Executive summary

Seven Bridges scientists and software supported the PanCancer Analysis of Whole Genomes (PCAWG) consortium when they urgently needed data analysis at large scale. Faced with over 800 TB of files to process, and with academic data centers unable to meet project deadlines, PCAWG engaged Seven Bridges to rapidly analyze their data. By deploying reproducible workflows in the cloud, our team quickly delivered variant calls for more than 1,350 cancer whole genomes.

  • Seven Bridges bioinformaticians implemented BAM cleaning and variant calling workflows specified by PCAWG, using the Common Workflow Language to ensure reproducible analysis.
  • We ran the analysis on the cloud-based Seven Bridges Platform, which automatically allocates compute resources to optimize analysis speed and cost effectiveness.
  • We delivered output files that matched PCAWG requirements ahead of schedule, resulting in the allocation of additional samples for analysis.

PCAWG is a multinational research consortium requiring large-scale bioinformatics

The PanCancer Analysis of Whole Genomes (PCAWG) is an international collaboration from the International Cancer Genome Consortium (ICGC) investigating patterns of mutation in more than 2,800 patients with cancer. In late 2015, when conventional academic data centers were struggling to meet project deadlines, Seven Bridges joined the PCAWG technical working group, bringing our extensive experience in reproducible cloud-based bioinformatics and cancer genomics to bear on the data.

PCAWG includes patient donors from 48 cancer research projects with 20 different primary tumor sites (Figure 1). The project is designed to explore the consequences of somatic and germline variations in both coding and noncoding regions, with specific emphasis on cis-regulatory sites, noncoding RNAs and large-scale structural alterations (Box 1). PCAWG builds on previous work examining cancer coding regions across 12 tumor types from The Cancer Genome Atlas to develop an integrated picture of commonalities, differences and emergent themes across tumor lineages.1

Figure 1 | Donor distribution by primary site. PCAWG includes donors from 48 different cancer research projects with 20 different primary tumor sites. Image from https://dcc.icgc.org/pcawg

For PCAWG, tumor and matched normal samples from each donor have undergone whole-genome sequencing (totalling 8,721 BAM files and requiring 800.9 TB of storage). A uniform set of alignment and variant calling algorithms was applied to each sequenced genome to ensure consistency of analysis among samples from the disparate research projects.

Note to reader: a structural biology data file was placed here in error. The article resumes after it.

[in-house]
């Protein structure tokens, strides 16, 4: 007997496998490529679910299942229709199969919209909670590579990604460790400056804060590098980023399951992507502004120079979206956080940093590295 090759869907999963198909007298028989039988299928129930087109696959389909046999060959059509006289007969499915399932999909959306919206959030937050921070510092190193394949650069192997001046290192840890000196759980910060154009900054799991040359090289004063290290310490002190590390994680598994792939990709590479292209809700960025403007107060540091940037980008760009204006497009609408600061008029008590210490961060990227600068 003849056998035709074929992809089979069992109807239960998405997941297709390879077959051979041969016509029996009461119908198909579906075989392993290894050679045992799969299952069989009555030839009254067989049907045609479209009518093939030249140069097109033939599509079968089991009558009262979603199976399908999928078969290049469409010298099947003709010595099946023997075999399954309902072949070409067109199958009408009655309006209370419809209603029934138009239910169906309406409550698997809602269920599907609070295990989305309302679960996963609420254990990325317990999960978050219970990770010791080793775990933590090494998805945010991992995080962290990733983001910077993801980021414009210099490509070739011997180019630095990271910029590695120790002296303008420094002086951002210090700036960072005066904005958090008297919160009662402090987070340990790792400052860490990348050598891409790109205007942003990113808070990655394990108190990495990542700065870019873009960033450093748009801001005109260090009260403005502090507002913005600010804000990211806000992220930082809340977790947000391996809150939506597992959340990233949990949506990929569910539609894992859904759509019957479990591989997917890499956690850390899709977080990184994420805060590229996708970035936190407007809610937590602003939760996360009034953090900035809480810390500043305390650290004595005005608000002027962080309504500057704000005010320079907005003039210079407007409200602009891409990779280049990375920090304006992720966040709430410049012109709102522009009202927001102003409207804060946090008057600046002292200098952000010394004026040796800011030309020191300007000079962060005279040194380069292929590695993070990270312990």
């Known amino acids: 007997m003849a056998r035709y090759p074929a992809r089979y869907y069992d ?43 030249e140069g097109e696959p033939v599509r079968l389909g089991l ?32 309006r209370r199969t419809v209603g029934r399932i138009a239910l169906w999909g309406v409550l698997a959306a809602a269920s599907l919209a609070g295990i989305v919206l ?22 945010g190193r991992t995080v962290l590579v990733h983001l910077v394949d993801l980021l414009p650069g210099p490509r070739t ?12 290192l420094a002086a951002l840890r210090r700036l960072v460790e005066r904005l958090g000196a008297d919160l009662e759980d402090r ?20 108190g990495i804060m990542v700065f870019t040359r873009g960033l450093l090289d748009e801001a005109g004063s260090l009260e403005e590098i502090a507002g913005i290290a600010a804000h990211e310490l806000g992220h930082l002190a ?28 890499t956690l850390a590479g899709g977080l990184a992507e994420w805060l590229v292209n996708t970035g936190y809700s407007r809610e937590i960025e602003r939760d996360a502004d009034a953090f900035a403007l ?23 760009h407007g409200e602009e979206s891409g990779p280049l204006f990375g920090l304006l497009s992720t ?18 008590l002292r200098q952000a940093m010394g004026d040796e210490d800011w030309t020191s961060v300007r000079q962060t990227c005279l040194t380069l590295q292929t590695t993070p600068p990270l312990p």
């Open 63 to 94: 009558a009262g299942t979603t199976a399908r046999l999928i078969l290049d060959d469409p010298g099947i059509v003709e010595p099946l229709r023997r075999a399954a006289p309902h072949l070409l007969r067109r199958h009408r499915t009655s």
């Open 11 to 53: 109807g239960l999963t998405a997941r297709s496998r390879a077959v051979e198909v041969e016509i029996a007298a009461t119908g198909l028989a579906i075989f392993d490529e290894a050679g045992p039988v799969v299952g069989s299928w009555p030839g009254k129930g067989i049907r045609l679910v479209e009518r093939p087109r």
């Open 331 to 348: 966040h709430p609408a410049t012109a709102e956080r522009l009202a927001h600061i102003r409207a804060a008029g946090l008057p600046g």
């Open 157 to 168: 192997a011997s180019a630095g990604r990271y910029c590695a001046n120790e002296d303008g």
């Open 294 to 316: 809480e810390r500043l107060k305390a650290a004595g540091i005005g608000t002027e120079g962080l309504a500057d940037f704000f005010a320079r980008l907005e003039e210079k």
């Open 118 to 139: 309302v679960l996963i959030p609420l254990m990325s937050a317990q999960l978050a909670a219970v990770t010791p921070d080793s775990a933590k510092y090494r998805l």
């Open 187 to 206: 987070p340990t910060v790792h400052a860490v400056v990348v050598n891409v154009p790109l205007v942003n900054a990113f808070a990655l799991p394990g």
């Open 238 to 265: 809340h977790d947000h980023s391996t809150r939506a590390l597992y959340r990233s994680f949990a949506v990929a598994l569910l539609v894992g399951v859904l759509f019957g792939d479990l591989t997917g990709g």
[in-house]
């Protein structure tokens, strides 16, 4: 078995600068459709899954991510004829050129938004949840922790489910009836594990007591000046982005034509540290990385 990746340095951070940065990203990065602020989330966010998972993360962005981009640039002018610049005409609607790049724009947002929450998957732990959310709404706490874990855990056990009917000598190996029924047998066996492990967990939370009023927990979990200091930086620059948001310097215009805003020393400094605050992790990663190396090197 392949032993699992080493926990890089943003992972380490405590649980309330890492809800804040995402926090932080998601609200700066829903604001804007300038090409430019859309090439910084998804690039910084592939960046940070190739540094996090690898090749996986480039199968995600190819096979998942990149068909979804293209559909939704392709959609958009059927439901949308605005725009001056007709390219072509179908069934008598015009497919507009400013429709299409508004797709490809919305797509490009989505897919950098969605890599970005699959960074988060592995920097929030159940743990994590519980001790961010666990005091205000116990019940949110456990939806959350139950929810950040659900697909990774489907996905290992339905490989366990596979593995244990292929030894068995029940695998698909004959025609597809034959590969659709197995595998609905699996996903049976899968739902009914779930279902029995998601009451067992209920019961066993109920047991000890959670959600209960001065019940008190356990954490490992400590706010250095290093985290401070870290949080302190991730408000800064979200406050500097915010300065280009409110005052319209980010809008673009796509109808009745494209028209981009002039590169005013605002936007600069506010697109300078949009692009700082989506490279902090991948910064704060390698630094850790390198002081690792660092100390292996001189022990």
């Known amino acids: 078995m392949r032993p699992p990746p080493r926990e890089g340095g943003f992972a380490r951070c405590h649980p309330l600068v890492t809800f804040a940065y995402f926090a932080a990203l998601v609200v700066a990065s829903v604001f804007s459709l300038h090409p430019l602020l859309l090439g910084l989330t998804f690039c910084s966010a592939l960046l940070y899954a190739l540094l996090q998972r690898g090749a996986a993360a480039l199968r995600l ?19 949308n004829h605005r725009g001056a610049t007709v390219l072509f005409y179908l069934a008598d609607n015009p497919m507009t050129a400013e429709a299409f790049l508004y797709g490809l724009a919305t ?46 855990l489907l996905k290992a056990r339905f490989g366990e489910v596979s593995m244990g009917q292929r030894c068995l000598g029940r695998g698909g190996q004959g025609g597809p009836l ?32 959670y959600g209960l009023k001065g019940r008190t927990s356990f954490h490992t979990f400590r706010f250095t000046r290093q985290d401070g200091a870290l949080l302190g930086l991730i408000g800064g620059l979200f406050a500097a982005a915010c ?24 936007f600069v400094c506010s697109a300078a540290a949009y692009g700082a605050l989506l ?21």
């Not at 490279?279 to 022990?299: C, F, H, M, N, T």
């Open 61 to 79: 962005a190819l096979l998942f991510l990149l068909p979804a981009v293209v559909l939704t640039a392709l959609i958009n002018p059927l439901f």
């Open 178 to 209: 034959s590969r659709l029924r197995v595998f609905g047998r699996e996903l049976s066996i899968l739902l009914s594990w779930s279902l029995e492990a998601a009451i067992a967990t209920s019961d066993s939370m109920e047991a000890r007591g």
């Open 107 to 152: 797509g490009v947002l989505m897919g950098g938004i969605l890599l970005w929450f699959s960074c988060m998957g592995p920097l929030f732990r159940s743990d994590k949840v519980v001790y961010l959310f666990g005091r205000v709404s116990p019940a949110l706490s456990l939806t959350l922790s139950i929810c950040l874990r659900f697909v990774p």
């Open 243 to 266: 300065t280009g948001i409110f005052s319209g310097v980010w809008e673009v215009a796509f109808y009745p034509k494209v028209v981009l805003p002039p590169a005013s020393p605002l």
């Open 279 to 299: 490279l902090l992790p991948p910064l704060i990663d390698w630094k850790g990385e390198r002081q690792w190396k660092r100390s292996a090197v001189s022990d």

Box 1 | PCAWG Key areas of study

  1. Discovering driver mutations outside of the protein-coding regions of the genome;
  2. Integrating mutational signatures across tumor types and mutation categories;
  3. Characterizing subclonal structures and patterns of genome evolution across cancers;
  4. Investigating relationships between germline and somatic mutations;
  5. Investigating biological pathways targeted by driver mutations.

PCAWG enlisted Seven Bridges to accelerate their analysis

Realizing that academic data centers were unable to meet project deadlines, PCAWG sought industry partners with expertise in cloud-based computation and large-scale cancer genomics. Members of the consortium calculated that cloud services offered a faster and cheaper way to store and analyze their data.2 The consortium identified Seven Bridges as an ideal analysis partner, and the company joined the PCAWG technical working group in October 2015.

 

“[PCAWG] demonstrates how much faster and cheaper it is to use cloud computing than to use conventional academic data centers when analyzing vast biological data sets.” Stein, L. et al. (2015)

 

After joining the project, our team of scientists and bioinformaticians set to work to understand and implement the analysis workflow, in order to deliver the required output files as quickly as possible.

Seven Bridges bioinformaticians implemented complex reproducible workflows

To accelerate the PCAWG analysis, Seven Bridges scientists implemented and ran a PCAWG variant calling workflow rapidly and at large scale, to provide the required outputs within a matter of weeks. This workflow returned multiple VCF outputs for different variant callers, along with packaged intermediate files and associated metadata.

Once the consortium shared their aligned BAM files, our bioinformaticians implemented specified BAM cleaning and variant calling workflows. As with all analyses on Seven Bridges systems, these workflows are completely reproducible, ensuring uniform analysis across the samples, including those samples processed elsewhere at academic data centers. Along the way, our team identified and fixed a problem whereby one tool in the specified workflow occasionally and unpredictably used too much memory, which caused the whole workflow to fail silently.